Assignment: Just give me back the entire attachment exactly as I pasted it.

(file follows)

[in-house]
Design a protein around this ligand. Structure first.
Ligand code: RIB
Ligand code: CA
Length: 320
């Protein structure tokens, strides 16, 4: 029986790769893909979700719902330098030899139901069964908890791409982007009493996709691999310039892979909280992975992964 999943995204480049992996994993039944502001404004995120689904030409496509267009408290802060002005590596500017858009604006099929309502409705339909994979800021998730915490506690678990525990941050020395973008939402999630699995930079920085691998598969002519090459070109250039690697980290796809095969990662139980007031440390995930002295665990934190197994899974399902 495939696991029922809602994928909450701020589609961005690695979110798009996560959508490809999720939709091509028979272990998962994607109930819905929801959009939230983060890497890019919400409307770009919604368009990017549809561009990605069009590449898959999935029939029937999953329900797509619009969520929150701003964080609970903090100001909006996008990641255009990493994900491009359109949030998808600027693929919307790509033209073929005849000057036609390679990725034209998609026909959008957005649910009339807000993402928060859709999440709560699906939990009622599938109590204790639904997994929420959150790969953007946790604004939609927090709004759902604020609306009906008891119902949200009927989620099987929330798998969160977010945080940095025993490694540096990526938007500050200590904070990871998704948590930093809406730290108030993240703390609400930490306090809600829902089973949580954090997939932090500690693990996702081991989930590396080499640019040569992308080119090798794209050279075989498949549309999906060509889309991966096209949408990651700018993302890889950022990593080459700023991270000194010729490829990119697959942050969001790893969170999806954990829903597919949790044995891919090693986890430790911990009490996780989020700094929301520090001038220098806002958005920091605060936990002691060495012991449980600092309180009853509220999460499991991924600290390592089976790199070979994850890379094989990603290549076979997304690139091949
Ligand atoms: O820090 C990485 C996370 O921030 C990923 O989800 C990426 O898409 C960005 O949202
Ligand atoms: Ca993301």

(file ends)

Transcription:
[in-house]
Design a protein around this ligand. Structure first.
Ligand code: RIB
Ligand code: CA
Length: 320
């Protein structure tokens, strides 16, 4: 029986790769893909979700719902330098030899139901069964908890791409982007009493996709691999310039892979909280992975992964 999943995204480049992996994993039944502001404004995120689904030409496509267009408290802060002005590596500017858009604006099929309502409705339909994979800021998730915490506690678990525990941050020395973008939402999630699995930079920085691998598969002519090459070109250039690697980290796809095969990662139980007031440390995930002295665990934190197994899974399902 495939696991029922809602994928909450701020589609961005690695979110798009996560959508490809999720939709091509028979272990998962994607109930819905929801959009939230983060890497890019919400409307770009919604368009990017549809561009990605069009590449898959999935029939029937999953329900797509619009969520929150701003964080609970903090100001909006996008990641255009990493994900491009359109949030998808600027693929919307790509033209073929005849000057036609390679990725034209998609026909959008957005649910009339807000993402928060859709999440709560699906939990009622599938109590204790639904997994929420959150790969953007946790604004939609927090709004759902604020609306009906008891119902949200009927989620099987929330798998969160977010945080940095025993490694540096990526938007500050200590904070990871998704948590930093809406730290108030993240703390609400930490306090809600829902089973949580954090997939932090500690693990996702081991989930590396080499640019040569992308080119090798794209050279075989498949549309999906060509889309991966096209949408990651700018993302890889950022990593080459700023991270000194010729490829990119697959942050969001790893969170999806954990829903597919949790044995891919090693986890430790911990009490996780989020700094929301520090001038220098806002958005920091605060936990002691060495012991449980600092309180009853509220999460499991991924600290390592089976790199070979994850890379094989990603290549076979997304690139091949
Ligand atoms: O820090 C990485 C996370 O921030 C990923 O989800 C990426 O898409 C960005 O949202
Ligand atoms: Ca993301």